Mo' Roots, Life on Planet Groove, Funk Overload,
etc. This looked like another, until I popped it in and it blasted
off into "Hallelujah I Love Her So." First disc is titled "Tribute
to Ray Charles," and works through "Busted," "Hit the Road Jack,"
a few more, climaxing with "What'd I Say." Parker sings a few --
he's more Cleanhead Vinson than Ray Charles, but that works for
me. Parker doesn't have the direct connection that Fathead Newman
has, but he started out when Charles was laying the foundation his
whole career was built on. Second disc is called "Back to Funk":
five originals and "Pass the Peas" from J.B.'s days. It's less
obvious and every bit as exciting. The secret in both cases is
the band. Directed by Michael Abene, the WDR Big Band Köln will
play anything with anyone -- their purpose, after all, is to
crank out radio shots with visiting dignitaries -- and they've
never amounted to much, but they have a ball here. Maybe it's
too easy: Charles ran a big band himself, and scaling Parker's
grooves up to J.B.-size is as obvious as it is fun. Parker
gloats in the dęjŕ vu. With Charles and Brown gone, he's just
the guy to honor them. [Note: Don't know when this was recorded.
Album appears to have been released in Europe in 2007, and
reissued in US by Heads Up, which has been picking up quite
a bit of WDR Big Band material.]
Kat Parra: Azucar de Amor (2008, Patois): Singer,
from California, currently somewhere in the Bay Area. Does a mixed
bag of Latin music, sambas and mambos, Afro-Cuban and Afro-Peruvian,
charangas and danzóns, salsa, with a special interest in Sephardic
whatever -- she sings in Ladino, as well as Spanish, Portuguese,
French, and (not on her list, but I guess this is a given) English.
Second album. It's easier to nitpick the English and/or the slow
ones -- she does "Misty" as a bolero but it still sounds like a
pretty ordinary "Misty" to me. Her "mystic Sephardic ballad" is
appropriately dreamy, something called "Esta Montanya D'Enfrente."
Alan Pasqua, Dave Carpenter & Peter Erskine Trio:
Standards (2007, Fuzzy Music): Back cover says: "It's
high time this trio recorded an album of standards." Not sure how
far back the trio goes -- I have a 2-CD set, Live at Rocco,
from 1999 filed under Erskine's name, a pretty good showing as far
as my attention span could ascertain. Where most standards albums
rise and fall according to the contours of their sources, the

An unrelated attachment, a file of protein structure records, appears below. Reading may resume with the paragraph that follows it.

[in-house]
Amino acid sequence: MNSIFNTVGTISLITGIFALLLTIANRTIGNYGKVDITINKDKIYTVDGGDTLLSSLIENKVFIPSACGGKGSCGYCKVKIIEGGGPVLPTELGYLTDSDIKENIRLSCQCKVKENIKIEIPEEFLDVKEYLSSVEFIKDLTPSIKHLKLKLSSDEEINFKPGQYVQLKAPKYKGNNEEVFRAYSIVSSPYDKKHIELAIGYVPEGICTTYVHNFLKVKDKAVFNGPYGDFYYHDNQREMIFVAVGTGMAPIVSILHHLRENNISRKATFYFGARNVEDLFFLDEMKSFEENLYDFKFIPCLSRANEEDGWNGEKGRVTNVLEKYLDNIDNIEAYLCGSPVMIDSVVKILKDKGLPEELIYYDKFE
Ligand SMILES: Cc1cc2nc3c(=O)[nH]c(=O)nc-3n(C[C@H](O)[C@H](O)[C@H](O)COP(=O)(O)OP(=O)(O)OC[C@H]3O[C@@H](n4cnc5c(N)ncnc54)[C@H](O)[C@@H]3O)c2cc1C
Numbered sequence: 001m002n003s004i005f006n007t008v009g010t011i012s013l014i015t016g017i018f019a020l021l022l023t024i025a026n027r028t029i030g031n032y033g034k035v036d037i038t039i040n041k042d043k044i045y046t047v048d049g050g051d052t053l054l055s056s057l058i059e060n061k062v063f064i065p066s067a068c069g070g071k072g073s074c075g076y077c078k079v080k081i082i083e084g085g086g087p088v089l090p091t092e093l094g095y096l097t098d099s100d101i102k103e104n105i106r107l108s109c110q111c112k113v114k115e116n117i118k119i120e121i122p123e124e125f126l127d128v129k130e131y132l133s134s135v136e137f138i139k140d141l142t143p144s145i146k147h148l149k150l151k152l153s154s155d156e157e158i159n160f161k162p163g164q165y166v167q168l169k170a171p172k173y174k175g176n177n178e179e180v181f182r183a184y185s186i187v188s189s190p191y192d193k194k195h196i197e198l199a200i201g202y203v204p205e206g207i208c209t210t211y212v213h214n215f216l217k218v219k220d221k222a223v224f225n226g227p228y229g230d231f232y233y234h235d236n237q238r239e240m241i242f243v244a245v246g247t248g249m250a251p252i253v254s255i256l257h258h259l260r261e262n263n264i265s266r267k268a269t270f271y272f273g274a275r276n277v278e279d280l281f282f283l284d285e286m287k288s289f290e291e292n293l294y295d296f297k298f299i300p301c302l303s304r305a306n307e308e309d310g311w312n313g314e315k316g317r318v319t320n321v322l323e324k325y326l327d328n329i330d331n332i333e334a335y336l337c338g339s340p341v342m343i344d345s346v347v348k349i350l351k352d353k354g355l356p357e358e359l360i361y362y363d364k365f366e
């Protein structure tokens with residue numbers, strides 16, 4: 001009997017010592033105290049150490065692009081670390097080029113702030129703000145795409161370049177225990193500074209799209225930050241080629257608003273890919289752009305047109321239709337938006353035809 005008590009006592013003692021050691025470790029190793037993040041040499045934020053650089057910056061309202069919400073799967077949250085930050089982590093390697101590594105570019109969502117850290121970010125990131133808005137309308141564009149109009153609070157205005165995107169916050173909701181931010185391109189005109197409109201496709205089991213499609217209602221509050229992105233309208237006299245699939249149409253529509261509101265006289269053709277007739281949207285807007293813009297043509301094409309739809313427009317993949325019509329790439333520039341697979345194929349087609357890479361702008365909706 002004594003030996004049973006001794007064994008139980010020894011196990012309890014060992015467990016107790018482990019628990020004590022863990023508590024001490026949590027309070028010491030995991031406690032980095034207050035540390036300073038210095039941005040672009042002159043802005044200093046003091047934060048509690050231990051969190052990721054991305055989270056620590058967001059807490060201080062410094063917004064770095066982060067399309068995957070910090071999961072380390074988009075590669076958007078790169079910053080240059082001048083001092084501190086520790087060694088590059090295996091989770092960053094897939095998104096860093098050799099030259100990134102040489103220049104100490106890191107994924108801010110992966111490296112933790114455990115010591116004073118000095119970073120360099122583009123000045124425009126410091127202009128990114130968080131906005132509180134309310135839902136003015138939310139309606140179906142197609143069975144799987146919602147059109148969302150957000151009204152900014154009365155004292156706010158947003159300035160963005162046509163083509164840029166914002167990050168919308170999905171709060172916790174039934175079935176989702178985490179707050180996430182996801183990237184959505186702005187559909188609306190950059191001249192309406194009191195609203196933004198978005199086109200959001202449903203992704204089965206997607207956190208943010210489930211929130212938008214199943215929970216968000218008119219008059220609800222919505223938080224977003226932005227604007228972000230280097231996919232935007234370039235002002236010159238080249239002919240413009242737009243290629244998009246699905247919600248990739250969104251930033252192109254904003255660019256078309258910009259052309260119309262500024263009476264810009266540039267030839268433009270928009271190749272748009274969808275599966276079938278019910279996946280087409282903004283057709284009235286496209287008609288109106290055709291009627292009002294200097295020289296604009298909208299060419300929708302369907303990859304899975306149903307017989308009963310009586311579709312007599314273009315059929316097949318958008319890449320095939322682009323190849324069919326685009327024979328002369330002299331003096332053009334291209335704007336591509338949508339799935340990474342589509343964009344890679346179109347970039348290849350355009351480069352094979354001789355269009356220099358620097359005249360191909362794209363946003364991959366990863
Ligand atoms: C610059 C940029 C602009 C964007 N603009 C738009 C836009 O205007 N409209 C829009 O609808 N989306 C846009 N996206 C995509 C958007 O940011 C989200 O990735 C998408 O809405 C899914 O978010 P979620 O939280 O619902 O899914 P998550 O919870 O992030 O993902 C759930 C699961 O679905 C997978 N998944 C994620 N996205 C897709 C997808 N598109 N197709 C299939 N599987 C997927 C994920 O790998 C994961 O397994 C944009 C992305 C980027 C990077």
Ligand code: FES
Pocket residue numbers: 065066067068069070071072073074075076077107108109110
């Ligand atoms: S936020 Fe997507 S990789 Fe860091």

interplay is so subtle and minimal here the songs just dissolve
into the aether, occasionally emerging as recognizable wisps.
The Michael Pedicin Quintet: Everything Starts Now . . .
(2007 , Jazz Hut): A/k/a Michael Pedicin Jr. Born 1945,
plays tenor sax. Father was a musician, but he don't have any
details, other than Jr. saying that father introduced him to
Frank Sinatra, Tony Bennett, etc. Most likely the father
recorded as Mike Pedicin (b. 1917, Philadelphia, band leader,
played alto sax): Bear Family has a 1955-57 collection by Mike
Pedicin Quintet called Jive Medicin -- AMG likens it
to Bill Haley. Jr. has several albums out since 1980. Lives
in NJ now, but this one was recorded in Philadelphia, with
Johnnie Valentino on guitar, Mick Rossi on piano, Chris
Colangelo on bass, Michael Sarin on drums: a strong group
that carries the album -- Valentino and Rossi have albums
I've recommended in the past -- setting up the saxophonist.
Sacha Perry: The Third Time Around (2007 ,
Smalls): Pianist, from Brooklyn, b. 1970, third album as a leader,
plus side credits with other "Smalls scene" artists, especially
Chris Byars and Ari Roland. Standard bop piano trio, with Roland
on bass, Phil Stewart on drums. Nicely done, but doesn't leave
me with a lot to say.
The Puppini Sisters: The Rise & Fall of Ruby Woo
(2008, Verve): Vocal group, modelled on the Andrews Sisters, led by
Marcella, last name Puppini. Her "sisters" are likely ringers, one
named Kate Mullins, the other Stephanie O'Brien. Their previous album,
Betcha Bottom Dollar, hewed more closely to the concept. Here
they try to move on, you know, advance artistically. Puppini writes
three songs, Mullins one. "Jilted" would be more than adequate filler
if their covers held up better, but they range from "Old Cape Cod" to
"Walk Like an Egyptian," stumbling badly on "Spooky" and "Could It Be
Magic" -- not for Barry Manilow, not here either.
Jose Luis "Changuito" Quintana: Telegrafía Sin Hilo
(2005 , Cacao Musica): Cuban, b. 1948, plays timbale, best
known for his work in Los Van Van, probably ranks as one of the
major percussionists in Cuban music from 1970. This was recorded
in Caracas. It looks like the majority of musicians were Cuban,
including numerous percussionists on bata drums, bongo, congas,
and many others. Most cuts have vocals -- various singers, no
complaints on my part. Fine example of contemporary Cuban pop
with some jazz cred.
Sun Ra: The Night of the Purple Moon (1964-70
, Atavistic Unheard Music Series): Obscure even by Sun Ra
standards, a quartet session from 1970, given a catalog number
for a 1972 ABC-Impulse! release but appeared only on Ra's Saturn
label, now augmented by Wurlitzer and Celeste solos from 1964.
Ra plays various electric keyboards, including one Ra calls a
roksichord (RMI's Rocksichord). Two horns -- Danny Davis on alto
sax, alto clarinet, and flute; John Gilmore on tenor sax -- but
both players spend most of their time rotating on percussion,
offsetting the goofball keyboards. The fourth is Stafford James
on electric bass. The horns go straight for the jugular -- wish
there was more of them, to put some meat on the minimalism. But
the keyb vibe is pretty unique.
Sun Ra: Some Blues but Not the Kind That's Blue
(1973-77 , Atavistic): A 6-track LP recorded in 1977,
released on Saturn in 1978, plus an extra "Untitled" cut from
the same session, plus two 1973 takes of "I'll Get By" done
as trios (one with John Gilmore on tenor sax, the other with
Akh Tal Ebah on flugelhorn). The 1977 sessions were cut with